Having vindicated my country and her statesmen against the implications of indifference, coldness, and isolation, I hope it will not now be thought presumptuous on my part, or irreverent to the memory of Washington, or dangerous to the state, if I inquire on what principle the duty of neutrality was founded by that illustrious man, and whether he enjoined that policy as one of absolute and perpetual obligation? "The duty of holding a neutral con

duct," said he, in his Farewell Address, "may be inferred without any thing more from the obligation which justice and humanity impose on every nation in cases in which it is free to act to maintain inviolate the relations of peace and amity toward other nations." Our "freedom," in that case, resulted from the circumstances which excused us from co-operating with France, notwithstanding our treaty of alliance; and the exercise of "justice and humanity" was in favor of our own people. "The inducements of interest for observing that conduct, (said he), will best be referred to your own reflections and experience. With me, a predominant motive has been to endeavor to gain time to settle and mature its yet recent institutions, and to progress without interruption to that degree of strength and constancy which is necessary to give it, humanly speaking, the command of its own for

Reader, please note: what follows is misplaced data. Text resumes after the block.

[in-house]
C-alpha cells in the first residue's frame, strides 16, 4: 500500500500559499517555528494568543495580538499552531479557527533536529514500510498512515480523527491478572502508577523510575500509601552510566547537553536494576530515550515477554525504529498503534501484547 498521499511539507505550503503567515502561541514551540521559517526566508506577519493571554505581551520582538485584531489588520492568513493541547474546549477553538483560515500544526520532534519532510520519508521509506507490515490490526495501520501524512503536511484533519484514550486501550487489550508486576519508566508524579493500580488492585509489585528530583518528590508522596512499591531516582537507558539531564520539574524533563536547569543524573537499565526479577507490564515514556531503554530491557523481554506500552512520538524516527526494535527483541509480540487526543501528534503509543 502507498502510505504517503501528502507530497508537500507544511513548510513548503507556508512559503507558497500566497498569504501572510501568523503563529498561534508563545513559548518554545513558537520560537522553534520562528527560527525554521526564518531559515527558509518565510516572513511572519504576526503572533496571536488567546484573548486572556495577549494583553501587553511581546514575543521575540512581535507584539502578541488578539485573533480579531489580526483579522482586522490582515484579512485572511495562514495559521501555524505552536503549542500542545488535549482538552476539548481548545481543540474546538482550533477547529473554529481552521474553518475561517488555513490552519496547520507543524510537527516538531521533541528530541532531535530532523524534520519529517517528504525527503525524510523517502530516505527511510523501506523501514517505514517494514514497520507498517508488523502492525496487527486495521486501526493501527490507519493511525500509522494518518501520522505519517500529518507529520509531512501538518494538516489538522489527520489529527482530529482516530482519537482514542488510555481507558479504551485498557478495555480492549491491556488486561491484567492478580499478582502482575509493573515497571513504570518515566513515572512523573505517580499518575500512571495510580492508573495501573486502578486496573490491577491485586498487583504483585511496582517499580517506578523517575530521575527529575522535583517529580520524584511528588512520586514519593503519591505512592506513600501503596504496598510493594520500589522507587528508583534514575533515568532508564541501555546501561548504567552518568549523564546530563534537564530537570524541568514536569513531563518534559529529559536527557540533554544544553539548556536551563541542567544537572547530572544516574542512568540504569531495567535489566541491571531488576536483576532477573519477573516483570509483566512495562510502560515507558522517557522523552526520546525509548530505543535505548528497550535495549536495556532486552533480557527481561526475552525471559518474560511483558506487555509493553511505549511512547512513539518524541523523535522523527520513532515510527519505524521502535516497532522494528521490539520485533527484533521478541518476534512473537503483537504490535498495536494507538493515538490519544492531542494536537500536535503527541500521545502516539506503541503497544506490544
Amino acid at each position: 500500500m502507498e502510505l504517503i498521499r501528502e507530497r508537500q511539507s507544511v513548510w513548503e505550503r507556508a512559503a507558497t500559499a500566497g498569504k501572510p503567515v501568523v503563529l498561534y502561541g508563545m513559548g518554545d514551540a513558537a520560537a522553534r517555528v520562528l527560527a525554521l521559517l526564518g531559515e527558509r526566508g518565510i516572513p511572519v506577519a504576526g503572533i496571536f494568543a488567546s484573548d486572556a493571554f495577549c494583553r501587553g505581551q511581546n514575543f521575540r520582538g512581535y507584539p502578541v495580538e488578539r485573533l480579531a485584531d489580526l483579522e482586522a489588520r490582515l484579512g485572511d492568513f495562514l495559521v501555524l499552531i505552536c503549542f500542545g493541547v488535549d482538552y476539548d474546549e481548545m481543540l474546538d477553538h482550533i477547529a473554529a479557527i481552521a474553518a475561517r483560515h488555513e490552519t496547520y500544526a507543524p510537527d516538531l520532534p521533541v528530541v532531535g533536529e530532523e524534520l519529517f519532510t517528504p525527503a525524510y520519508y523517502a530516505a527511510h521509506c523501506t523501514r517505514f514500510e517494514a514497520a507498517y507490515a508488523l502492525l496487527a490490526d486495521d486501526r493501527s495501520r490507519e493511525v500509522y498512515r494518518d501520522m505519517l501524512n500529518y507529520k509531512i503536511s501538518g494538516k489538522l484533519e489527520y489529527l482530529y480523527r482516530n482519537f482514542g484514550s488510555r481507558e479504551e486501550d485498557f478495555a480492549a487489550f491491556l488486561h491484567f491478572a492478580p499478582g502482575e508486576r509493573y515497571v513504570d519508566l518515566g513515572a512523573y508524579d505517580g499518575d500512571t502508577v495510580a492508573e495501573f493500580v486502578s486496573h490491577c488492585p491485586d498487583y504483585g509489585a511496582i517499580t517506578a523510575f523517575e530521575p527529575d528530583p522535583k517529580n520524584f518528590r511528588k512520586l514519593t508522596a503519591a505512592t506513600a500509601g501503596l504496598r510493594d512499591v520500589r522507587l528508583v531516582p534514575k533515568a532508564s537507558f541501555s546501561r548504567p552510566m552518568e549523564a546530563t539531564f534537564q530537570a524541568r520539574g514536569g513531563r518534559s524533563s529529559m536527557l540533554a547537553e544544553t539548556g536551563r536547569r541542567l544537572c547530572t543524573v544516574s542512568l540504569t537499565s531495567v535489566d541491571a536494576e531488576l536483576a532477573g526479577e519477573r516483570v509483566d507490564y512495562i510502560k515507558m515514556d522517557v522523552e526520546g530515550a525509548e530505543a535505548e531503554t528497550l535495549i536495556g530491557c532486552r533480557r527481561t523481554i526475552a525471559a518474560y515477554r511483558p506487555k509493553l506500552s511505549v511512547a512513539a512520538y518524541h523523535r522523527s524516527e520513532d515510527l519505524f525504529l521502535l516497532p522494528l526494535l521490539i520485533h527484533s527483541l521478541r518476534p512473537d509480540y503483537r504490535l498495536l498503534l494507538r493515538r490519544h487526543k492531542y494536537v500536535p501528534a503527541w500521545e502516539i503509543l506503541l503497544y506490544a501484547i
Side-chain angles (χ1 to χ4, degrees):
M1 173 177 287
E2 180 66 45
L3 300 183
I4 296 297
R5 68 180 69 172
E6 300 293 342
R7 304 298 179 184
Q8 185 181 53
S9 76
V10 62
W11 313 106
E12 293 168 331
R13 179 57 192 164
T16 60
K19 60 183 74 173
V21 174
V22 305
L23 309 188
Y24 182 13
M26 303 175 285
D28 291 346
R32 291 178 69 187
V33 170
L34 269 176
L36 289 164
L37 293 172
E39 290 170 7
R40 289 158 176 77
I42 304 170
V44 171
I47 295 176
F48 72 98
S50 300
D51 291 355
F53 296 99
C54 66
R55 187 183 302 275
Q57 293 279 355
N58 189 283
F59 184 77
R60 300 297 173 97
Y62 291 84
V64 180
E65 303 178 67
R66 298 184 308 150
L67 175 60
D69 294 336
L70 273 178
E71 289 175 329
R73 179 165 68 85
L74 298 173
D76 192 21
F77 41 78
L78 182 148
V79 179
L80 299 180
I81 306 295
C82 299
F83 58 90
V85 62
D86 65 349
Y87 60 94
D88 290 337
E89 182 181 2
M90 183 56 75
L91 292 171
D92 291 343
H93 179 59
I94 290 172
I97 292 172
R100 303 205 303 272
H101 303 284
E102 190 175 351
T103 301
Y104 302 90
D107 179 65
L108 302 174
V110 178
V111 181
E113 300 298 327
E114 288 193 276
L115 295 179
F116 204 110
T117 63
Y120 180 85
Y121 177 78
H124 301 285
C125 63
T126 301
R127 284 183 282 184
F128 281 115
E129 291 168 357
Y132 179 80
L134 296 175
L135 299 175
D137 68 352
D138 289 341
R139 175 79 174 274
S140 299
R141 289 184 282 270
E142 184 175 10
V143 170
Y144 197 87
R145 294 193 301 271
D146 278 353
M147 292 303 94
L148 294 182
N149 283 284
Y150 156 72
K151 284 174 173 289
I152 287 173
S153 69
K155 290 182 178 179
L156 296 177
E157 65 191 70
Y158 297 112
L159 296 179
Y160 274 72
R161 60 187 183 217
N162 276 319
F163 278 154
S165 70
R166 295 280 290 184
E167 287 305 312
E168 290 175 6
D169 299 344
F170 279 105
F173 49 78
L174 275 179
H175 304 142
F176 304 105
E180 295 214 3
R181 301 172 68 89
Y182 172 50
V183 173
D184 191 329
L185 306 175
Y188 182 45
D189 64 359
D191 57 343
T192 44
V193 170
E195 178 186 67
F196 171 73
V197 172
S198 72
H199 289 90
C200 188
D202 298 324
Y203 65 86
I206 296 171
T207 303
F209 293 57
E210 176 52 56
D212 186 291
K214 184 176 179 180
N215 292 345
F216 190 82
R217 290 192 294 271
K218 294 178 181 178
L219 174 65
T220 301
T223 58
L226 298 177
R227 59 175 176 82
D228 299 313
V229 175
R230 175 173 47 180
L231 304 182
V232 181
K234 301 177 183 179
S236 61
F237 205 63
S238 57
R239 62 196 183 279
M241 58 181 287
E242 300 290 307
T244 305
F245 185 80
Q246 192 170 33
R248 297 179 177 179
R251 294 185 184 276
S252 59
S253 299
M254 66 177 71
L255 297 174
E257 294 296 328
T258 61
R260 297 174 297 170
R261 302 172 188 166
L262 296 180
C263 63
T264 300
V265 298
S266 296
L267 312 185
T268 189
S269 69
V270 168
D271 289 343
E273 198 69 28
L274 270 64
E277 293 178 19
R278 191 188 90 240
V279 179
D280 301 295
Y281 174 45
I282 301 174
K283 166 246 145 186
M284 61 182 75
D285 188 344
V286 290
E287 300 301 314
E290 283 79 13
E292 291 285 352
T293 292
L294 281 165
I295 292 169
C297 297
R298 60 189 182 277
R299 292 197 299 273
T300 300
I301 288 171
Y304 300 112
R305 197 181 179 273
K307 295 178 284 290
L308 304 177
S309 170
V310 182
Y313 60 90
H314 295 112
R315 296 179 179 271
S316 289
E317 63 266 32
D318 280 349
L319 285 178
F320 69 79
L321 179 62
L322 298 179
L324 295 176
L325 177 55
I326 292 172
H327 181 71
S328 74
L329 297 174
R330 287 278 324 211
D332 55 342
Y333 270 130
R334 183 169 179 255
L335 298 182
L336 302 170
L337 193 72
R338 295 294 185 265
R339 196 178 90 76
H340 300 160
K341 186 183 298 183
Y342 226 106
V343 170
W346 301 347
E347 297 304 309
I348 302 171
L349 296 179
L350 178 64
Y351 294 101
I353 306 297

I will not venture on such a question as whether humanity and justice may not, in some contingencies, require that we should afford substantial aid to nations as weak as we were in our revolutionary contest when we shall have matured our strength. Nor will I inquire whether time enough has not been already gained to give us, speaking always with a due sense of dependence on an ever-gracious Providence, the command of our own fortune.